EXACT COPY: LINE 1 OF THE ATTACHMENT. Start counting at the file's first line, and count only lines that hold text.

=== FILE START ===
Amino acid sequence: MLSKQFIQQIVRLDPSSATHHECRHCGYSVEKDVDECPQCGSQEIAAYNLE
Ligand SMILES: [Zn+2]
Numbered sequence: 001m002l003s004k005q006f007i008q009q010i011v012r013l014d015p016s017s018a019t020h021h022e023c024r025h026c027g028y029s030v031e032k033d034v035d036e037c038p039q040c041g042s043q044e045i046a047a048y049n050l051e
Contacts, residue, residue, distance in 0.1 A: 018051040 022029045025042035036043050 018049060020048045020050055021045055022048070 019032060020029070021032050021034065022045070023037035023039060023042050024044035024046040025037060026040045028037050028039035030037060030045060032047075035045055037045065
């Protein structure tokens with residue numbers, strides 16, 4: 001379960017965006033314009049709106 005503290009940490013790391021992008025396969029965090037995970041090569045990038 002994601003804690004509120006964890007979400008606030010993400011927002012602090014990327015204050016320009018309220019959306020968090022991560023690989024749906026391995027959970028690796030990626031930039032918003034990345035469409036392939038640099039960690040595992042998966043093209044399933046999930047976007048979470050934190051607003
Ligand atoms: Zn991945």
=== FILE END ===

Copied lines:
Amino acid sequence: MLSKQFIQQIVRLDPSSATHHECRHCGYSVEKDVDECPQCGSQEIAAYNLE